With the advent of collaborative platforms, shadow IT, file shares, and other business applications, content is increasingly entropic and difficult to secure.
Given the sprawl, organizations tend to put a great many resources toward protecting the network endpoint. It’s increasingly apparent, however, that this is insufficient in preventing external attacks. In a 2015 CyberEdge Defense report, 70% of respondents’ networks had been breached in 2014 — up from 62% in 2013, despite a substantial increase in endpoint spending.
This truth, paired with escalating internal threats, has effectively forced organizations to face the reality the data loss WILL happen; 52% of respondents in the CyberEdge survey felt that a successful cyber-attack against their network would occur within the year. Yet, 67% of organizations still intend to either augment or replace existing products to combat this problem, and this is madness.
Organizations must assume a breach will happen, and new strategies must include comprehensive governance of content within the network. Protecting endpoints was a good and necessary start. Monitoring network behavior and access privileges is the next step up, and organizations do seem to be adopting. Dubbed the ‘detect and respond’ approach, it increases data visibility and swiftly identifies security events.
However, it’s still reactive in nature. Damage is done in an instant, and reactive approaches fall short in the modern cybersecurity paradigm. As Jake Frazier, senior managing director at FTI Consulting, explains, “the work you do before the breach is most everything you can rely on. Once the breach happens, it's really difficult to maneuver.” Too much content is available after a security threat is detected.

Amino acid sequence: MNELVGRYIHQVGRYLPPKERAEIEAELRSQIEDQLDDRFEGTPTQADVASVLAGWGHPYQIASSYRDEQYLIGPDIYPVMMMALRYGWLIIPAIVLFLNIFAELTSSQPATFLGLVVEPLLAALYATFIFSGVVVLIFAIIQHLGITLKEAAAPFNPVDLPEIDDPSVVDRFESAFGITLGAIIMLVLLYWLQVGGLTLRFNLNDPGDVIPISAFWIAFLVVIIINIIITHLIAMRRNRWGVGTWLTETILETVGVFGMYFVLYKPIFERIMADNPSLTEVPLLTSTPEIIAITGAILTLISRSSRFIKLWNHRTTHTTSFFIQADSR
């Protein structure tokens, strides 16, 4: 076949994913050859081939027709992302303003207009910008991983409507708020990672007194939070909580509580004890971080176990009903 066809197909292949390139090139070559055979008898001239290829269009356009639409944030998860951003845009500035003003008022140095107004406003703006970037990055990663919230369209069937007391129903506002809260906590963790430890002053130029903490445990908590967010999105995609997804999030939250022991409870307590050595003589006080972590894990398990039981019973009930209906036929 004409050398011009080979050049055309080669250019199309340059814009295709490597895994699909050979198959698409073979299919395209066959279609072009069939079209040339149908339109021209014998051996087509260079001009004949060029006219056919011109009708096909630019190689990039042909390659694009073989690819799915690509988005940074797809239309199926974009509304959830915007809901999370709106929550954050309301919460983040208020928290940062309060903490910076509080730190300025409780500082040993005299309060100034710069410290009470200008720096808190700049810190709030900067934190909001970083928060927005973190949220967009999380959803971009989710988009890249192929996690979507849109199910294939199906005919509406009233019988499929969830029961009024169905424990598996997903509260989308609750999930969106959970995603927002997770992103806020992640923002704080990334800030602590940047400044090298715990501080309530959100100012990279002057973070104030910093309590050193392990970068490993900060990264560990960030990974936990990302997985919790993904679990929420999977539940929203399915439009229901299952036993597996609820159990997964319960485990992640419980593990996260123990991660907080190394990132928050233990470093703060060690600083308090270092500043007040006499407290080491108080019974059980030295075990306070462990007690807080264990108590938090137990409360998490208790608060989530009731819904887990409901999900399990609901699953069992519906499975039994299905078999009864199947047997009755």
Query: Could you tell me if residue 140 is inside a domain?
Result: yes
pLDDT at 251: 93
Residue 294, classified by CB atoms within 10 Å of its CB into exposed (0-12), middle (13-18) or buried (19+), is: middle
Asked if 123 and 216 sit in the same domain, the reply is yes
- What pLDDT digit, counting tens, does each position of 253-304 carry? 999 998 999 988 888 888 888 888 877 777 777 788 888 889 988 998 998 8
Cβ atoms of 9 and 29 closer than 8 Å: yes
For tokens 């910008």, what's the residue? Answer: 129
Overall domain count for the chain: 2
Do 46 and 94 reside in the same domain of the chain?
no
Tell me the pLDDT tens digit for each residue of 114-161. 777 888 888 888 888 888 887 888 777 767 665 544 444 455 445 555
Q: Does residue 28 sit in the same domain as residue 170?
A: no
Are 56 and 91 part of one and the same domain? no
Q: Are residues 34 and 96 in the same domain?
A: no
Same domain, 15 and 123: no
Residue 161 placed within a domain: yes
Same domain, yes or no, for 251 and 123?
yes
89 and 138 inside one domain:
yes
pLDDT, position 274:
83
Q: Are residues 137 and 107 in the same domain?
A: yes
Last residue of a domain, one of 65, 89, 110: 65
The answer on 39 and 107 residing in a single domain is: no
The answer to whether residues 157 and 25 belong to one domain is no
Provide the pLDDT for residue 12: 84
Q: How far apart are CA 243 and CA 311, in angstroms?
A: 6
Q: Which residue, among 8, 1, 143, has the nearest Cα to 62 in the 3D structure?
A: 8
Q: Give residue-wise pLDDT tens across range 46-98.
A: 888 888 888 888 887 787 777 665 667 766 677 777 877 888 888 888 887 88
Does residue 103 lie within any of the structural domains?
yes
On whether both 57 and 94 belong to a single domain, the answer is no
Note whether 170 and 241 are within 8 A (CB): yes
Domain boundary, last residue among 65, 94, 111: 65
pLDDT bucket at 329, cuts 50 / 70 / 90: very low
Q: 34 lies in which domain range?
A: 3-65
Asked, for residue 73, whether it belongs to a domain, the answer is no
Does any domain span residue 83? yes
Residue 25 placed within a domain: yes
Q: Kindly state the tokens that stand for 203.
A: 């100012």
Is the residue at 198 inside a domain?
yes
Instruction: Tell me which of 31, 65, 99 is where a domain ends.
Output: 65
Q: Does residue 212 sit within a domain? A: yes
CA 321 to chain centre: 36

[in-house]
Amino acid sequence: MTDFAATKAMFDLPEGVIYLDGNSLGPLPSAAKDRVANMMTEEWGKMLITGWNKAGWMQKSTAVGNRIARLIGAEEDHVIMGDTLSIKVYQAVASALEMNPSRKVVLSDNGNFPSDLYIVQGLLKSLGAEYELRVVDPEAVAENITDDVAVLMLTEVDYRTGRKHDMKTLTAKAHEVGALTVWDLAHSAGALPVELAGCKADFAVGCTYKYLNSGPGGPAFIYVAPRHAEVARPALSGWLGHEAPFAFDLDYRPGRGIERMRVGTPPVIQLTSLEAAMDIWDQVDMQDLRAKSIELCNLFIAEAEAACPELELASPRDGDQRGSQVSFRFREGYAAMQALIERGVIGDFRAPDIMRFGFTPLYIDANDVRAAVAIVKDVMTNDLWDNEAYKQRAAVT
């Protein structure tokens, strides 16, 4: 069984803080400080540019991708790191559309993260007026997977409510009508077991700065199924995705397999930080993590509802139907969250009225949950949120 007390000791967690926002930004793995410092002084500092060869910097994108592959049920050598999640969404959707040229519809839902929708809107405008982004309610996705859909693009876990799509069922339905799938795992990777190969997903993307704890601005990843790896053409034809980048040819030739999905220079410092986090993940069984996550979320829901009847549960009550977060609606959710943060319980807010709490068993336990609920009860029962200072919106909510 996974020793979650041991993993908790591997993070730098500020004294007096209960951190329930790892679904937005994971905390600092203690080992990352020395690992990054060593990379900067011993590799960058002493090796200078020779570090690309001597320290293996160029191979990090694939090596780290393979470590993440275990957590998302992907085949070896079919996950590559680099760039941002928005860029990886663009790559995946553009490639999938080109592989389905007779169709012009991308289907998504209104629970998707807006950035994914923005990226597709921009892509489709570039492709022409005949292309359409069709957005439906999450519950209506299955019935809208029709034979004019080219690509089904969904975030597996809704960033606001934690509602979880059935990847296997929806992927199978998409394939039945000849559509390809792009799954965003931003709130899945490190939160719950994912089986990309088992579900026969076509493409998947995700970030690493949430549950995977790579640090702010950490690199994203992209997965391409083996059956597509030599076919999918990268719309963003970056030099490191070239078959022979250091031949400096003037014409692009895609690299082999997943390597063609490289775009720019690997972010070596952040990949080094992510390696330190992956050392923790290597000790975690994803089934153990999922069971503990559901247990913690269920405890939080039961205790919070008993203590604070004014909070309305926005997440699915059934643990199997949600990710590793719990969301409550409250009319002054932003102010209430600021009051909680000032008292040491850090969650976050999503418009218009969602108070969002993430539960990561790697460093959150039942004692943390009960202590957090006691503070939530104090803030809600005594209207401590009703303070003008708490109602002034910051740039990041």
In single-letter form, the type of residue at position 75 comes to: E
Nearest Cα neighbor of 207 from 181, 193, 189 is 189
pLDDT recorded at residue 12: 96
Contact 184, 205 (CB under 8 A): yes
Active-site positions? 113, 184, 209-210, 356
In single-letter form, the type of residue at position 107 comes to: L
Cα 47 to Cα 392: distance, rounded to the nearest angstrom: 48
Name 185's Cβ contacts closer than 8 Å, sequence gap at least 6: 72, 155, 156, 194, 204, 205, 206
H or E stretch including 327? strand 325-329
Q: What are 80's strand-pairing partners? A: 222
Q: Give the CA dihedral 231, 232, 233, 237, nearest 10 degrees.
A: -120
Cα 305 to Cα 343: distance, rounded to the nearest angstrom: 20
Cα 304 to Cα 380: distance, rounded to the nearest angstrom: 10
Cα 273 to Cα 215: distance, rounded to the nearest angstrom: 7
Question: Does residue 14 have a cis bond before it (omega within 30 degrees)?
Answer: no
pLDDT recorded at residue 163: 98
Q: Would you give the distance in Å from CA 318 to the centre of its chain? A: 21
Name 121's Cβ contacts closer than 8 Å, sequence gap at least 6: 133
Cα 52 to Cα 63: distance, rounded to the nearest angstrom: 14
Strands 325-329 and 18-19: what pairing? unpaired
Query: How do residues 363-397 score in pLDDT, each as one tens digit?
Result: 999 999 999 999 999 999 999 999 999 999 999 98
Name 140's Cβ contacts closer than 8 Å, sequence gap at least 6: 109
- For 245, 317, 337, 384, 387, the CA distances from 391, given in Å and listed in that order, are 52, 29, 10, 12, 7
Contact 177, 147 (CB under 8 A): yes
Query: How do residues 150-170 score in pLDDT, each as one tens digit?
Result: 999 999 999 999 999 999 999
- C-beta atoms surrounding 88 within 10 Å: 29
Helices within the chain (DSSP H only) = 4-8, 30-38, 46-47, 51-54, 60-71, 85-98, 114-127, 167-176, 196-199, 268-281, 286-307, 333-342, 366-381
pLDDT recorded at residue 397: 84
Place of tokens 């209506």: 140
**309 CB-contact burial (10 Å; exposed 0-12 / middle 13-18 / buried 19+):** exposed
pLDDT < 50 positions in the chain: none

So, take the content out of the game.
As permitted, take content—especially that which is sensitive—off of front-end employee facing applications. Consolidate and secure it on a governance platform that provides the functionality needed to use the content through its lifecycle. Keep the content available when it’s needed, but do so in a way where it’s not sitting on a silver platter when a breach inevitably happens.
It comes down to making the extra effort and spending a little now, or getting burned later. Larry Ponemon, chairman and founder of the Ponemon Institute, put it simply: “without appropriate information governance structures in place, companies risk their high value knowledge assets being targeted by these attacks, a cost perhaps far higher than that of protecting the data to begin with.”